THE CHALLENGES FACING SUPERYACHT CYBERSECURITY IN THE CHALLENGES FACING SUPERYACHT CYBERSECURITY IN

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    September 2017

    THE CHALLENGES FACING SUPERYACHT CYBERSECURITY

    IN 2017

  • INDEX THE CHALLENGES FACING SUPERYACHT CYBERSECURITY IN 2017 PAGE 3—4 RISKS AND THREATS PAGE 5—7

    TAKING PRECAUTIONS PAGE 8—9

    DON’T WAIT FOR IT TO HAPPEN PAGE 10

    CONTACT PAGE 11

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    Many of the cybersecurity issues that threaten the corporate world are same as those that affect the su- peryacht sector. Indeed, almost all superyachts these days have their own corpo- rate networks that are con- nected to the Internet and used to manage what is in effect a medium-sized busi- ness from onboard. Howev- er, as superyachts become better integrated with the global IT ecosystem via high- speed broadband internet,

    THE CHALLENGES FACING SUPERYACHT CYBERSECURITY IN 2017

    they become more exposed to the risk of cybersecurity issues. The big difference between the average commercial com- pany and vessels including superyachts is that a cyber- attack on a superyacht has the potential to compromise the safety of the yacht and everyone on board, as well as the marine environment. This means that superyacht cybersecurity has to cover a much wider range of factors and systems.

    By Koen Luttikhold

    SUPERYACHT CYBERSECURITY – SIMILARITIES AND DIFFERENCES TO CORPORATE CYBERSECURITY

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    CORPORATE SECURITY

    Corporate security is primary about managing information flows, with the goal of main- taining a balance between confidentiality, availability and integrity. In maritime cybersecurity, confidentiality and security are the over- riding priorities, with an em- phasis on checking incom- ing information to ensure its veracity and integrity. This is because, with vessels of all types, the IT infrastructure is integrated with the control processes for critical sys- tems; from water purification and energy supply to alarms and other emergency systems.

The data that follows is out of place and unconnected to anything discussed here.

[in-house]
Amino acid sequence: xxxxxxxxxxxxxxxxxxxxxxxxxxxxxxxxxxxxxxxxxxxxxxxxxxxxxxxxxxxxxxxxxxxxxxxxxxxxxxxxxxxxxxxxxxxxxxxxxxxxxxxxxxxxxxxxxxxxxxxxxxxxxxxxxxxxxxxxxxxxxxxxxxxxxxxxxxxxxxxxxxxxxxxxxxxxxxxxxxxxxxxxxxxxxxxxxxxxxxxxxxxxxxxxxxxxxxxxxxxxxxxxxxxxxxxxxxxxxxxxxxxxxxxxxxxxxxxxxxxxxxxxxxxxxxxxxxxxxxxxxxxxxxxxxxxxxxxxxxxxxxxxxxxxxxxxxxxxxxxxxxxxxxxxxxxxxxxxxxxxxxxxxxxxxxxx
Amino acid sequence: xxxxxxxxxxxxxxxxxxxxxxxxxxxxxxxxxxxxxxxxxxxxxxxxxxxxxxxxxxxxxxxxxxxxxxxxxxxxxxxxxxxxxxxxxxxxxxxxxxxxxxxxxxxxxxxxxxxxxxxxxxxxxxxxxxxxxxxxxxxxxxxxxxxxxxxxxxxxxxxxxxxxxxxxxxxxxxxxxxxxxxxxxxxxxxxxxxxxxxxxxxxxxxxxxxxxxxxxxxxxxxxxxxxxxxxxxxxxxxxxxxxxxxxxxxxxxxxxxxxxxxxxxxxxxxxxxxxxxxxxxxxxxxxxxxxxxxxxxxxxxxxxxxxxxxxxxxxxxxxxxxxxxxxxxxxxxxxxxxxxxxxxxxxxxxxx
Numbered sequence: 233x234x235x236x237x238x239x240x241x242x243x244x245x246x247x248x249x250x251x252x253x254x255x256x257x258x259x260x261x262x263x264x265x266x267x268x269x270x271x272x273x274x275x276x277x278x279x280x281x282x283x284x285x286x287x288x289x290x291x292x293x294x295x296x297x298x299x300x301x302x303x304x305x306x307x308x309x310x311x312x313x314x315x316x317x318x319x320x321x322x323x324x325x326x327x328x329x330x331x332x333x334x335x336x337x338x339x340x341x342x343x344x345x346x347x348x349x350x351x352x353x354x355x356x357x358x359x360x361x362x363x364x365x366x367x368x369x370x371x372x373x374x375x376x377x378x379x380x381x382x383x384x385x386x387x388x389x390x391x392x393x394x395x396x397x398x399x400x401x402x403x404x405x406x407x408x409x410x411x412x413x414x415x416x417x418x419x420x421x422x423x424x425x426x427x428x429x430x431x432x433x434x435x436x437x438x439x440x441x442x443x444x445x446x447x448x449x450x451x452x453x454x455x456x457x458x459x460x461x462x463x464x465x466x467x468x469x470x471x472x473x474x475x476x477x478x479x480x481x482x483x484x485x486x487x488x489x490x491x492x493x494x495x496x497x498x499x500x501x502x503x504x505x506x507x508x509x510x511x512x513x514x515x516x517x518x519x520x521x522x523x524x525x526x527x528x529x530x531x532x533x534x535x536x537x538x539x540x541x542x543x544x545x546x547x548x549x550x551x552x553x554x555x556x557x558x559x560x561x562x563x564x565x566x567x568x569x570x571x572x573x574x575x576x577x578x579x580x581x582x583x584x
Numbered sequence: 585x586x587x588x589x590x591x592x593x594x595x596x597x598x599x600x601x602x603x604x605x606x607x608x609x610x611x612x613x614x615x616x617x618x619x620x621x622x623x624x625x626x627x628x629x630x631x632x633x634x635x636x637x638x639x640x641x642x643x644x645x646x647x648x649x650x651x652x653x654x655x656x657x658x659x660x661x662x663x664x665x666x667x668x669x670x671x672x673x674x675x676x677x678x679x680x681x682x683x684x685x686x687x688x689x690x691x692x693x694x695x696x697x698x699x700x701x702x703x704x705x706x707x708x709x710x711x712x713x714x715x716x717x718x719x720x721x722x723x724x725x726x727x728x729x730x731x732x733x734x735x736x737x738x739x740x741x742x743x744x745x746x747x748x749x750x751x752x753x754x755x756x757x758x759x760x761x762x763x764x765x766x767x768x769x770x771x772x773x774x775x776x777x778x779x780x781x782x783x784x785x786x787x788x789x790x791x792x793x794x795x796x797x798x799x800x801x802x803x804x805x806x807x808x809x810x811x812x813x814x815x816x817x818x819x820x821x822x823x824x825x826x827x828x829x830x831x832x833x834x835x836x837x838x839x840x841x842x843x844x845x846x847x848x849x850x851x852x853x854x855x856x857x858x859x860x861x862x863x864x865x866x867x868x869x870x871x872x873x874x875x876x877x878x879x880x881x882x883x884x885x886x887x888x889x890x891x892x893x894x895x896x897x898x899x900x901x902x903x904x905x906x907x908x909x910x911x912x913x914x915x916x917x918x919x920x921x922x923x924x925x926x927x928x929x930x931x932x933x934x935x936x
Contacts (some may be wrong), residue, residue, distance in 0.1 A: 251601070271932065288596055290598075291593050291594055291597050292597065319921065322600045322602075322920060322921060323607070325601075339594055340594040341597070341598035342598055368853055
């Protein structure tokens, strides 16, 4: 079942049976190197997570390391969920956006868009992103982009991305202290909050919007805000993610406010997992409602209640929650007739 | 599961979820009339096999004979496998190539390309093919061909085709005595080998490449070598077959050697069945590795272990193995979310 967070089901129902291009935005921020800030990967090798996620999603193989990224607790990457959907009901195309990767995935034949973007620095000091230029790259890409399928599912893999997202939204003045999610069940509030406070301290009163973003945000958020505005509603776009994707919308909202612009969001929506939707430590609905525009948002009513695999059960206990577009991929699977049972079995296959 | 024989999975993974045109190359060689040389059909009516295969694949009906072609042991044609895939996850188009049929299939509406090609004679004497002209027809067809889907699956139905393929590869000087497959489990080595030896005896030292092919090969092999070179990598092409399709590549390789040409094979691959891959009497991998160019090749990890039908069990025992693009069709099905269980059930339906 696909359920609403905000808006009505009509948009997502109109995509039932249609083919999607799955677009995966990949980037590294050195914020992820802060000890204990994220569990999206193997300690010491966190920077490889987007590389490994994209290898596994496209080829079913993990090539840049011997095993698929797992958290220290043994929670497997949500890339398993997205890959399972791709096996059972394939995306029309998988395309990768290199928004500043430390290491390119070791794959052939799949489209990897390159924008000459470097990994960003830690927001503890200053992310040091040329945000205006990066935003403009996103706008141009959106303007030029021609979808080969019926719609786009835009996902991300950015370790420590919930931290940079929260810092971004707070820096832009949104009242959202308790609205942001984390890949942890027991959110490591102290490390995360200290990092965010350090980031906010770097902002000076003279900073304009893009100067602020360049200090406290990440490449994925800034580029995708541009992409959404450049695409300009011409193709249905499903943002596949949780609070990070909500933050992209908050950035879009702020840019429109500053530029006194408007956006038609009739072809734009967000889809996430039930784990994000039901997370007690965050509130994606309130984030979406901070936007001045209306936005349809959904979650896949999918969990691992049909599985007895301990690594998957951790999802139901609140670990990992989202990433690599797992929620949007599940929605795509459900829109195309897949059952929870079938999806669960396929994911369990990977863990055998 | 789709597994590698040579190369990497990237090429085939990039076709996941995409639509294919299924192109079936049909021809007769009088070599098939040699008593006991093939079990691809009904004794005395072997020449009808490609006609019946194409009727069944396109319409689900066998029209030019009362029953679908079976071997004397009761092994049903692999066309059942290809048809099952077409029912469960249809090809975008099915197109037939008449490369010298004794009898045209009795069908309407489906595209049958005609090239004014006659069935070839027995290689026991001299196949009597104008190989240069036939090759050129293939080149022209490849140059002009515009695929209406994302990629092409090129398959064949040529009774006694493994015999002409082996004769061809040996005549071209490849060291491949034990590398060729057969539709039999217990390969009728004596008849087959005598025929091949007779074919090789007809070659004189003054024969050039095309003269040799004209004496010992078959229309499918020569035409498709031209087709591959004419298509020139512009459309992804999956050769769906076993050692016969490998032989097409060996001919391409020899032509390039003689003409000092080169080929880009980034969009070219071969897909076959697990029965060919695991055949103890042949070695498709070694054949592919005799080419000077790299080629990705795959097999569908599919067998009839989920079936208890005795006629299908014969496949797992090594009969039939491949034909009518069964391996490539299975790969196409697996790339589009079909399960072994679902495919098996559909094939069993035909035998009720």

LAGGING BEHIND

    In the business world it is common practise to update software regularly. How- ever in the maritime sector this is not always the case. There is a certain reluc- tance among some of those responsible for onboard IT business to ‘mess’ with the software because of the risk of errors leading to the mal- function of critical systems. While corporate IT depart- ments often apply standards such as ISO27001/2 to maintain and improve their cybersecurity and even make it better, this is less common in the superyacht sector.

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    RISKS AND

    THREATS

    1 GENERAL

    AND SPECIFIC INCURSIONS

    2 REMOTE

    MONITORING & CONTROL

    3 PIRACY

    4 PERSONAL DEVICES

    5 LACK OF

    AWARENESS

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    GENERAL AND SPECIFIC INCURSIONS Yachts are vulnerable to the same viruses and malware as everyone else. Some of these are ‘just’ annoying or destructive, others are designed to steal personal data and information, or interfere with mechanical systems. These need to be blocked.